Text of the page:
'Words and the First World War: Language, Memory, Vocabulary', by Julian Walker - Review

By Décharné, Max | The Spectator, January 6, 2018 | Go to article overview

'Words and the First World War: Language, Memory, Vocabulary', by Julian Walker - Review


Décharné, Max, The Spectator


At the close of the 1970s, I found a selection of postcards in an antique shop which had been sent from the Western Front in 1917 by a soldier named Private Howe to his young daughter Ena. I was struck by the immediacy of the language, and the careful avoidance of anything hinting at danger, combined with the tastefully chosen French photomontages of flowers and romanticised battlefields.

In Words and the First World War, Julian Walker has examined many such postcards, alongside letters sent to and from the Fro nt, private diaries, trench publications such as the Wipers Times, national and regional newspapers and other sources. An illustrated analytical study, it considers the situation at home, at war, and under categories such as race, gender and class to give a many-sided picture of language used during the conflict.

This is familiar territory for the author, who co-wrote the book Trench Talk: Words of the First World War, and revisits theoccasional entertaining example from the latter, like the mocking Allied response to the German motto, 'Gott Mit Uns' (God be with us), which took the form of a home-made sign reading: 'Don't swank! We've got mittens too!'

Walker deftly highlights the many communication problems arising during the conflict, for instance in the French army, where there were 'soldiers from mainland France whose first language was Breton, Flemish, Gallo or Occitan; in the case of Breton-speaking soldiers, for many Breton was their only language'. Some in the war zones attempted to master at least a few foreign words. Local civilians picked up English in order to sell things to troops (including boys offering the favours of their elder sisters); and Aubrey Herbert (the grand-father of Auberon Waugh) recorded meeting a Serbian at Gallipoli 'who had been learning Italian specifically to aid his ambition of stabbing a Cretan'.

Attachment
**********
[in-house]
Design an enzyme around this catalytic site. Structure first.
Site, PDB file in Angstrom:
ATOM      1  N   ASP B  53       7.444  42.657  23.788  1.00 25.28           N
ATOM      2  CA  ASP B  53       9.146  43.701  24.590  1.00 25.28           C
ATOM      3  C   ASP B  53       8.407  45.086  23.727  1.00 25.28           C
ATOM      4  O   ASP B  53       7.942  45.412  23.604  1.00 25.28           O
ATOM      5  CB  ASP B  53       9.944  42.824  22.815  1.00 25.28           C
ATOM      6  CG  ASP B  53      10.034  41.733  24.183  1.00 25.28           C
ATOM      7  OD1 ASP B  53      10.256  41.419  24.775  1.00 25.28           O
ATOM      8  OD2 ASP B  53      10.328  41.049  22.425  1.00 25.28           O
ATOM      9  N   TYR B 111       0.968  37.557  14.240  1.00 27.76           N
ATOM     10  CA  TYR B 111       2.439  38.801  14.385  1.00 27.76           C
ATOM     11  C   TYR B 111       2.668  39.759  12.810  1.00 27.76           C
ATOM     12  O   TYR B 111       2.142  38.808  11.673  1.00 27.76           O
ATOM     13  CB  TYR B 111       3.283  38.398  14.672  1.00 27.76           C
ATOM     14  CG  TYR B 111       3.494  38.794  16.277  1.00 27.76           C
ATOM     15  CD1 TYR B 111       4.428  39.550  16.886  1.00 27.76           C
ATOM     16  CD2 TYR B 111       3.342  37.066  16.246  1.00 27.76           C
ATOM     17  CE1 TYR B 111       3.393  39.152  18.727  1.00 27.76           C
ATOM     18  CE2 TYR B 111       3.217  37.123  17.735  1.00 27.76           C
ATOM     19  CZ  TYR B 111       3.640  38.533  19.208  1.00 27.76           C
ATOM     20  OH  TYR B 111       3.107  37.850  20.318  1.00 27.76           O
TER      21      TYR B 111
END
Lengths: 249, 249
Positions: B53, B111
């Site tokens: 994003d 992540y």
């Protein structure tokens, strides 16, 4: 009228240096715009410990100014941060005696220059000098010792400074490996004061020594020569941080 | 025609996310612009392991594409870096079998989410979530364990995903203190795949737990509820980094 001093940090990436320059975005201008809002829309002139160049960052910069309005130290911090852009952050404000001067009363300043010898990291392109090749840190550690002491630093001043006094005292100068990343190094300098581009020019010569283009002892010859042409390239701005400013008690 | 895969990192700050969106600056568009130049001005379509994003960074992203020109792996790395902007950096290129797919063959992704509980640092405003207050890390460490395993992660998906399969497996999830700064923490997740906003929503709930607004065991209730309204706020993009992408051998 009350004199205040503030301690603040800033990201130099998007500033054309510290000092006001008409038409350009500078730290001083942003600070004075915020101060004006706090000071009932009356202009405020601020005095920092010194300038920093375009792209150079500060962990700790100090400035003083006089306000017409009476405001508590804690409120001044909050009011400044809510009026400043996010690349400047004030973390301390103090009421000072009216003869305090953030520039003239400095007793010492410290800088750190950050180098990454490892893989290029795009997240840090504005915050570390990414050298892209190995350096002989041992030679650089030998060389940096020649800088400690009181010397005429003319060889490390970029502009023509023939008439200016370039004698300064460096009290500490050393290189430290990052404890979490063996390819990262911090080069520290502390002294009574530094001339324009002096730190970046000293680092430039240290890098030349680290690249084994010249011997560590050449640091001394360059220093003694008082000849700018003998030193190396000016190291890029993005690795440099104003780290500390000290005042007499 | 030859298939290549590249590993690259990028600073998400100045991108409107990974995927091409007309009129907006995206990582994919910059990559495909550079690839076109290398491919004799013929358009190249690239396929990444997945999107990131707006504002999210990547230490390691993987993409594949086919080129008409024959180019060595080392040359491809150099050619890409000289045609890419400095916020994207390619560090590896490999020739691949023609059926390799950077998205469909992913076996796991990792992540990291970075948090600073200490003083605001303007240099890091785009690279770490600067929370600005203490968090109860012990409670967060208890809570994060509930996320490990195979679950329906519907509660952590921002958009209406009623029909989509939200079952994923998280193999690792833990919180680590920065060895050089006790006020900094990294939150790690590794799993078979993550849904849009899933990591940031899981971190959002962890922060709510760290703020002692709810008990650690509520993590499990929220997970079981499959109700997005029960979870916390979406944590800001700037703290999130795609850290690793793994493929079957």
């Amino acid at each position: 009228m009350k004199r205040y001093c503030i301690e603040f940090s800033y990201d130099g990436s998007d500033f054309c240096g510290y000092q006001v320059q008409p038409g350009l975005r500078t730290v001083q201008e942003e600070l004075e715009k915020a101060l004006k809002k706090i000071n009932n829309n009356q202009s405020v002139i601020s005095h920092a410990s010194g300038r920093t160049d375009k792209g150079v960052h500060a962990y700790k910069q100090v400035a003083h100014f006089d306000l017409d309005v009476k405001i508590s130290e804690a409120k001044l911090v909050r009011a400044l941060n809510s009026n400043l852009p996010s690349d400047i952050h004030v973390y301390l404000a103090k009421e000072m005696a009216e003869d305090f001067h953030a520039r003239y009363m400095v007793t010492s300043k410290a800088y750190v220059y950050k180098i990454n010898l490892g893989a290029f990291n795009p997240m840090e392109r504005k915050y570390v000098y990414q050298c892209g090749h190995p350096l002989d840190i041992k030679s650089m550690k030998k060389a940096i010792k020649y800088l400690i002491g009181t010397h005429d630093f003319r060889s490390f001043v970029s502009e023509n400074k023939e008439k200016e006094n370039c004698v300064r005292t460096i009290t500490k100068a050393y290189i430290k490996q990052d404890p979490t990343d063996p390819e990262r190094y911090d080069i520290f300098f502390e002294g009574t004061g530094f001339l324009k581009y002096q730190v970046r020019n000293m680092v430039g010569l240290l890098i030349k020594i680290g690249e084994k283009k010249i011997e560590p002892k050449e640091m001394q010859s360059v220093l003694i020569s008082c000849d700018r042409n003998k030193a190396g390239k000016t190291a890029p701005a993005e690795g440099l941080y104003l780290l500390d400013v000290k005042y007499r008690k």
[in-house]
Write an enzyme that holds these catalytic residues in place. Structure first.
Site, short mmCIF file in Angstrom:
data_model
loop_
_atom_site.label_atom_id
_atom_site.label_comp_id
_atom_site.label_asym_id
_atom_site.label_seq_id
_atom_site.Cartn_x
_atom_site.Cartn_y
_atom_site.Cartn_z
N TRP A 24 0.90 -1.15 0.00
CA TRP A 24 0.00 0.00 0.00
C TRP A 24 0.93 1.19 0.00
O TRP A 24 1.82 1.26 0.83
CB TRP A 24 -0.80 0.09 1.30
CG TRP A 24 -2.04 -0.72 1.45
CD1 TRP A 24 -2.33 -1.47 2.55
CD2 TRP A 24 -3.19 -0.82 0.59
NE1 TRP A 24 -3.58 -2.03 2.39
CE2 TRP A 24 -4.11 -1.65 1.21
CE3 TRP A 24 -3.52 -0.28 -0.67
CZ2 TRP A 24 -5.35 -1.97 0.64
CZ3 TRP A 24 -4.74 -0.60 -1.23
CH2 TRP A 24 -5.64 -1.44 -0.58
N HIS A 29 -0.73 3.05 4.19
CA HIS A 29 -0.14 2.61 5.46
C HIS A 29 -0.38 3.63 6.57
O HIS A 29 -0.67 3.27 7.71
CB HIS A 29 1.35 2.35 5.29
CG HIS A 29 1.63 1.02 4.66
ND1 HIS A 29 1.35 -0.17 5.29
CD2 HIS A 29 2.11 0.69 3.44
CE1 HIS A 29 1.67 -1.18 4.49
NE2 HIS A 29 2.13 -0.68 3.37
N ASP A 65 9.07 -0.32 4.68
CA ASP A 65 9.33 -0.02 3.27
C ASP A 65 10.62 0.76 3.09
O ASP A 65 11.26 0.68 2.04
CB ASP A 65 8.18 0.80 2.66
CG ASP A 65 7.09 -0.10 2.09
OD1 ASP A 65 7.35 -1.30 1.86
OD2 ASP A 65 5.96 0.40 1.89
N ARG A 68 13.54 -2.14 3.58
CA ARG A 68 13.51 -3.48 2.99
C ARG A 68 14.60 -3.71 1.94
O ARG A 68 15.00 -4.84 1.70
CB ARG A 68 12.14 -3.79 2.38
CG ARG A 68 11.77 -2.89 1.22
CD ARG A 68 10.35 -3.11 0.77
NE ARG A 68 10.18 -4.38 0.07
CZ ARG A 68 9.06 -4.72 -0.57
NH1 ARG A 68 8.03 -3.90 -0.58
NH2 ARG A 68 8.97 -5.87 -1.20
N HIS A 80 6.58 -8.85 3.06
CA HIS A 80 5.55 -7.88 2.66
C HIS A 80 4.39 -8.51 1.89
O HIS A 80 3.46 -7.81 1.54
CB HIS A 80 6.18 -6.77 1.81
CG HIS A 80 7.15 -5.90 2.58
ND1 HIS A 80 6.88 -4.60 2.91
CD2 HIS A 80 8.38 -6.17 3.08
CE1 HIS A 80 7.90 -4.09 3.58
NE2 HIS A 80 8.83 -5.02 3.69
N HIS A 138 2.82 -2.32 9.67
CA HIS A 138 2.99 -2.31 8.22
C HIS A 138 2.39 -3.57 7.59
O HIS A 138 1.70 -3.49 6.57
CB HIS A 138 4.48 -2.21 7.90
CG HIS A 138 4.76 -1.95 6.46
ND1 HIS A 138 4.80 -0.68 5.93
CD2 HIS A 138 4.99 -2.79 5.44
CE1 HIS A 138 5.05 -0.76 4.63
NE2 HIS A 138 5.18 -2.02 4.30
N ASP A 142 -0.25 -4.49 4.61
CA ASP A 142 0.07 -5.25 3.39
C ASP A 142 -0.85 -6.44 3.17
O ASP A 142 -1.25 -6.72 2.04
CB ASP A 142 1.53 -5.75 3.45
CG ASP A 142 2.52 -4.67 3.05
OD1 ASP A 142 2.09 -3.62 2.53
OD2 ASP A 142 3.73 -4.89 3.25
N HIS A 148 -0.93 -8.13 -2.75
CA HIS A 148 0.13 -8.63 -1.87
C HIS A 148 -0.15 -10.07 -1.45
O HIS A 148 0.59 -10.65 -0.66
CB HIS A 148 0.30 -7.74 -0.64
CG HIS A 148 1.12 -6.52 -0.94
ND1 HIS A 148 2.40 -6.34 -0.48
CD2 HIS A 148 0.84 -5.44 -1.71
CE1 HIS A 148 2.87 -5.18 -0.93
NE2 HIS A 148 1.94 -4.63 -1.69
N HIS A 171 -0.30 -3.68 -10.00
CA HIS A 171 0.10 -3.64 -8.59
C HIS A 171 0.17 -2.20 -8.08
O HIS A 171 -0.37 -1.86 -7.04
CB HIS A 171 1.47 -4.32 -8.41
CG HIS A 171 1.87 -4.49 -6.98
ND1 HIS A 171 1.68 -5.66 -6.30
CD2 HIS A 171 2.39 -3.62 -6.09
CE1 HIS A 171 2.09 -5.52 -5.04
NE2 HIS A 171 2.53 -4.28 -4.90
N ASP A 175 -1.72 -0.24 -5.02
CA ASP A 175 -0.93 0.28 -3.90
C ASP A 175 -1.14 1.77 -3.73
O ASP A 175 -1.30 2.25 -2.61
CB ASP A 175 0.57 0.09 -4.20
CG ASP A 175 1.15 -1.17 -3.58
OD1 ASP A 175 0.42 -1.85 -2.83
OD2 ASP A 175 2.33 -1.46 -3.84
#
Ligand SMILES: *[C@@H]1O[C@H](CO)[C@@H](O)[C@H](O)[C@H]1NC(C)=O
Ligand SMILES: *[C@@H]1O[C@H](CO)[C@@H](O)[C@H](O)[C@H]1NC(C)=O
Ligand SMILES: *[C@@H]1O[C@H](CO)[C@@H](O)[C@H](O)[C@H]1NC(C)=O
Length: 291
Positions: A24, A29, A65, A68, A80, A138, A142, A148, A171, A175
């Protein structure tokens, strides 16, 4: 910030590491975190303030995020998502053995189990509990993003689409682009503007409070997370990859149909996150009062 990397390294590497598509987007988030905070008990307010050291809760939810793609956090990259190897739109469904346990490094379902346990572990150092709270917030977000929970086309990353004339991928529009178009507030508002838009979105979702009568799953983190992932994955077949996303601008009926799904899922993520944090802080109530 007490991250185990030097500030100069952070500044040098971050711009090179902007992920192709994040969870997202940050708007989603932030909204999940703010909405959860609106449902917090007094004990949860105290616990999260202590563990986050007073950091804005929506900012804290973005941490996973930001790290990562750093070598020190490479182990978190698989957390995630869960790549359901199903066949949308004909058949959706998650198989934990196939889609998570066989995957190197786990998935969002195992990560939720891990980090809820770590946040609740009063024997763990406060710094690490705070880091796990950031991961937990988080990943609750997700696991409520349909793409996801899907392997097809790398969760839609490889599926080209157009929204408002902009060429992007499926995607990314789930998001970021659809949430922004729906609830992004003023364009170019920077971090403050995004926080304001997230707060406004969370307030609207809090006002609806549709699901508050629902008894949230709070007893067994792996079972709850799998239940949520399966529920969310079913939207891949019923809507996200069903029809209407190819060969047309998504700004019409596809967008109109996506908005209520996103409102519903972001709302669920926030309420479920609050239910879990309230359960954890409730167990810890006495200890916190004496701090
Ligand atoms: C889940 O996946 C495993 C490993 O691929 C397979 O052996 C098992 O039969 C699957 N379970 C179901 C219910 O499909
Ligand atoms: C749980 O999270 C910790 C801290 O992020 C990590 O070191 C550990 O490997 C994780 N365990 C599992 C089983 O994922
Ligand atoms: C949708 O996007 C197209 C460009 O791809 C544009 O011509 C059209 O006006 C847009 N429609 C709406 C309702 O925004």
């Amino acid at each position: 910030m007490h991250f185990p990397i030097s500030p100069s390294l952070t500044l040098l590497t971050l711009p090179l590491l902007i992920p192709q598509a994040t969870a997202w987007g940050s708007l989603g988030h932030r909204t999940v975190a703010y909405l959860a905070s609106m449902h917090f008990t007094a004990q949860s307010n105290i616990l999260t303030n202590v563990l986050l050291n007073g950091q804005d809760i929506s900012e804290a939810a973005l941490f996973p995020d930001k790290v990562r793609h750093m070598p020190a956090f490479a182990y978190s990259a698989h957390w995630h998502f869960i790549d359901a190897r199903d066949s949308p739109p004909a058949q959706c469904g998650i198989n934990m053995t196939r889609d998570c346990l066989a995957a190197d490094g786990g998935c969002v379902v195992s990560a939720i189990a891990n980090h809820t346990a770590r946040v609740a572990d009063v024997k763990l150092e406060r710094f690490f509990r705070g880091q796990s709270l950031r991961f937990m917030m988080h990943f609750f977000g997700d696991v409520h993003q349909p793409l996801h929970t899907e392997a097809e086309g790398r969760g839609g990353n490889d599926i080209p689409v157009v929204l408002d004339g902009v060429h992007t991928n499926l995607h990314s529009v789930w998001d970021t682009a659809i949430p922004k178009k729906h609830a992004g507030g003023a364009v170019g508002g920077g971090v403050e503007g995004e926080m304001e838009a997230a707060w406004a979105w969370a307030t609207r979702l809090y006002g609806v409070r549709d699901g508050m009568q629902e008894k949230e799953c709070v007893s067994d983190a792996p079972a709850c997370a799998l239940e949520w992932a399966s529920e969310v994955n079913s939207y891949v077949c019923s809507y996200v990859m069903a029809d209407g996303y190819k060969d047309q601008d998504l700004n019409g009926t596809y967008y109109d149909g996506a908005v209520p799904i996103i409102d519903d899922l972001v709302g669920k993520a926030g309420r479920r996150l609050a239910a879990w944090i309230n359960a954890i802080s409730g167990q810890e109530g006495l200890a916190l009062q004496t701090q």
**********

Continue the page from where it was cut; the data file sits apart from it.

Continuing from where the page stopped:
Of course, much of what was said in the military could not be repeated in messages sent back to loved ones, but some tried, as Walker notes:

Capt. R. McDonald censoring his men's letters read one which said 'Dear Jeannie, I am expecting leave soon. Take a good look at the floor. You'll see nothing but the ceiling when I get home.'

Slang, of course, played a significant role, and the greatest 20th-century authority in the field was Eric Partridge, himself a survivor of the trenches. …

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